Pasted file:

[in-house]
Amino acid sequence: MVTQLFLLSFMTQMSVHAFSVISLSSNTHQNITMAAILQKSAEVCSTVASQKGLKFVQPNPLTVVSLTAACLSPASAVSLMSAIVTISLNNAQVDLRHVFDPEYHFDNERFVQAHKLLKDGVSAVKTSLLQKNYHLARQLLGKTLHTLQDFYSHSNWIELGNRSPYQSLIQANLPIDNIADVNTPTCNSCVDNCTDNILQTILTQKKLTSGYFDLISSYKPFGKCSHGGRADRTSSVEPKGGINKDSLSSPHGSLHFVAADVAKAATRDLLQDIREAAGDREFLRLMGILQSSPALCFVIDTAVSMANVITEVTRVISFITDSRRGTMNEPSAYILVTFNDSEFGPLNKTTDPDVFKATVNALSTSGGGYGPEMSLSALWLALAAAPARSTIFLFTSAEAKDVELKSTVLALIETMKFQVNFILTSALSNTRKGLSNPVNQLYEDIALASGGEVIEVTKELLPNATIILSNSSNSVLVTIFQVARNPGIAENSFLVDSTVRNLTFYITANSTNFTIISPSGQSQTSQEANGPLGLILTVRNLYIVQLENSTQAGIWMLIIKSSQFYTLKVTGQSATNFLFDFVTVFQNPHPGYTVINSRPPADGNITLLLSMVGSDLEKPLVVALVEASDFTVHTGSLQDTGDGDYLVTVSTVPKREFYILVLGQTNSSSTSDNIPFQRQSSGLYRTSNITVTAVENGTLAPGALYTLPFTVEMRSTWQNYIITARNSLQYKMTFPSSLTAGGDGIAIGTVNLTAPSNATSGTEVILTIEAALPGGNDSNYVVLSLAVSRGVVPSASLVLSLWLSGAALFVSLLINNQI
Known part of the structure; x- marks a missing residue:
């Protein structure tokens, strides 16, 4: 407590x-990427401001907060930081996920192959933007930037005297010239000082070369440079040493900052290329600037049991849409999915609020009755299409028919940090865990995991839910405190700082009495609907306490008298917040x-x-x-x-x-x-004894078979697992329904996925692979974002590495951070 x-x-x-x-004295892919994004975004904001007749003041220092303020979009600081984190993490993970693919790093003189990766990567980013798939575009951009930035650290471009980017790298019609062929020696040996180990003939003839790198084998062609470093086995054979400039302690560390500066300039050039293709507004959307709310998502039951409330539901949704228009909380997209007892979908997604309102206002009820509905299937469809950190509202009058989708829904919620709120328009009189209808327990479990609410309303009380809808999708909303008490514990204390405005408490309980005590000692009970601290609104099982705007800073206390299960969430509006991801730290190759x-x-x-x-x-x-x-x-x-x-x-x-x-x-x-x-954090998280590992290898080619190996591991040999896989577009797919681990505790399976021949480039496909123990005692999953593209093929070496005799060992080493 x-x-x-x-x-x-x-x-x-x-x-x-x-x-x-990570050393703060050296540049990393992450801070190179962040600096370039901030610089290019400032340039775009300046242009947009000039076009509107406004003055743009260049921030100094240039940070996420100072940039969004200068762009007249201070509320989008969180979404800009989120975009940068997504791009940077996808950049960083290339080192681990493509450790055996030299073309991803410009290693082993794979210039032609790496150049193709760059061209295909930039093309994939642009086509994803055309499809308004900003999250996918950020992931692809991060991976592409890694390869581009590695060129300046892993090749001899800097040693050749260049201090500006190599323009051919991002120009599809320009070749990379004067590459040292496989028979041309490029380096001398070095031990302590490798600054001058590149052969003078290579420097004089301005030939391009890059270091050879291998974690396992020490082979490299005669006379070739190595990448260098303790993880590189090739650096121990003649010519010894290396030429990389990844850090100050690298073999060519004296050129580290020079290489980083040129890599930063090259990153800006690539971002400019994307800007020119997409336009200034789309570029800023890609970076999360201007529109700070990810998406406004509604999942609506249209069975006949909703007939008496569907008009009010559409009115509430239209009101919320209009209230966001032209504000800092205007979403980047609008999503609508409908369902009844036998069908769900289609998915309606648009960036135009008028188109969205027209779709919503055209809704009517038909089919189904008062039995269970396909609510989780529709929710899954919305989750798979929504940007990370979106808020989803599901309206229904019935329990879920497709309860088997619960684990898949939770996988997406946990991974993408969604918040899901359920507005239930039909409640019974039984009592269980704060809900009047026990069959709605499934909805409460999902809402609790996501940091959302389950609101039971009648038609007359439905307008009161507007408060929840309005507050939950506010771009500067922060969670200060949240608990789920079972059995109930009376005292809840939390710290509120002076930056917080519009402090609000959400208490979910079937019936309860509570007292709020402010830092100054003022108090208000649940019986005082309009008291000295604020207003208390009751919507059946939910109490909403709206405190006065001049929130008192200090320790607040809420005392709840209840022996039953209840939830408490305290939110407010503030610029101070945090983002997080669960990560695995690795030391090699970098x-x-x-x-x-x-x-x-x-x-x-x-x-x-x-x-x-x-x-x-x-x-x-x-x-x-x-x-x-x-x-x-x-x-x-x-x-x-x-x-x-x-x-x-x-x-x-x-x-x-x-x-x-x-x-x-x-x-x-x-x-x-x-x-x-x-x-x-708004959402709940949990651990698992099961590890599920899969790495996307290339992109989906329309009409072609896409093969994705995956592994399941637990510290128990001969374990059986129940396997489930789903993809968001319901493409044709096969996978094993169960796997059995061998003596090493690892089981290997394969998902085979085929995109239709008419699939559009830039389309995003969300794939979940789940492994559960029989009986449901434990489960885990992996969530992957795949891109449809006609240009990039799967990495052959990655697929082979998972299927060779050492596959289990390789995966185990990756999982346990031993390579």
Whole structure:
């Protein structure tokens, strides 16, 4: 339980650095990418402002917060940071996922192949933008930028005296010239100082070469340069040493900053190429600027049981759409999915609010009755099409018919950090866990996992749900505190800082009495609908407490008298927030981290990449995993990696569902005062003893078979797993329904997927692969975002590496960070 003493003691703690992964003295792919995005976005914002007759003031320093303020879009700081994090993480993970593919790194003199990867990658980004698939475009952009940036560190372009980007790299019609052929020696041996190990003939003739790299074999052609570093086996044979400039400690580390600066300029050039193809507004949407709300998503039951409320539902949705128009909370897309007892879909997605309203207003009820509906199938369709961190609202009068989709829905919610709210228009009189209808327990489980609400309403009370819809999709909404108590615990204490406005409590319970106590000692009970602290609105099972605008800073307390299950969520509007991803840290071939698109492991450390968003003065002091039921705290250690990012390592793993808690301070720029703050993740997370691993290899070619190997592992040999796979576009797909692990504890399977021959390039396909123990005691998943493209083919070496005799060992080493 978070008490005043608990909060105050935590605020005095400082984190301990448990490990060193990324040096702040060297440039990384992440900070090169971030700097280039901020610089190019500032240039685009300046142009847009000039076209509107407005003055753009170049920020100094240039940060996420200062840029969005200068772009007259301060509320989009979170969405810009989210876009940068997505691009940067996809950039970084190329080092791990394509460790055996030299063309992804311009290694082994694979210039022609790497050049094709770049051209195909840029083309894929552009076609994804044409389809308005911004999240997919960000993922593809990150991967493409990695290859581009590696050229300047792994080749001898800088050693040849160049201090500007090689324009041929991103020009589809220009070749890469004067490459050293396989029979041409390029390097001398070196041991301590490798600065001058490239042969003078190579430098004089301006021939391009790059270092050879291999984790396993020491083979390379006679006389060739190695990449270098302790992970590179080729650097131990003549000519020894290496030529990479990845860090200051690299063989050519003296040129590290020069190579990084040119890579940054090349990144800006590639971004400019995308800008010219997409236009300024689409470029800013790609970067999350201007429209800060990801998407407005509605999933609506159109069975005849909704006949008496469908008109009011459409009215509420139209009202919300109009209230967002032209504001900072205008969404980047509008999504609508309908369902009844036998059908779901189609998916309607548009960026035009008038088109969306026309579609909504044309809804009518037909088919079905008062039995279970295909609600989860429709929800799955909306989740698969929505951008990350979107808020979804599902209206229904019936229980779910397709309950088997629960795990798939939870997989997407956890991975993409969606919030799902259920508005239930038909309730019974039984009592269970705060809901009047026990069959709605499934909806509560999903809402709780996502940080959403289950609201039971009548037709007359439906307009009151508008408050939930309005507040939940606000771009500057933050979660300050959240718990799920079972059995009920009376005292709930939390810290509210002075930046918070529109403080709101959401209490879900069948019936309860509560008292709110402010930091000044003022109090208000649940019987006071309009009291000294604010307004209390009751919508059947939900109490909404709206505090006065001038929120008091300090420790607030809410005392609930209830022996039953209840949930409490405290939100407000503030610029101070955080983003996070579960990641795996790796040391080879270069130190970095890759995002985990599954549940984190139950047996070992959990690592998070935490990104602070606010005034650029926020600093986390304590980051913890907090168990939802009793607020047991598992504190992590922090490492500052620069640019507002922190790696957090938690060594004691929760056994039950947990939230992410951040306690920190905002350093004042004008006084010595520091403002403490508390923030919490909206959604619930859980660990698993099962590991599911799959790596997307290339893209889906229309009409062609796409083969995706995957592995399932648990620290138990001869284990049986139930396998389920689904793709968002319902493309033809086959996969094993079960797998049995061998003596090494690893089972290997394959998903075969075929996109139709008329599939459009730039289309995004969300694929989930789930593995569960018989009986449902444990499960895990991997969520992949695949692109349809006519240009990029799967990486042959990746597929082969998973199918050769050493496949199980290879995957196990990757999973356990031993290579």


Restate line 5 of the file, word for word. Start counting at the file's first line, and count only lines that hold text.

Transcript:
Whole structure: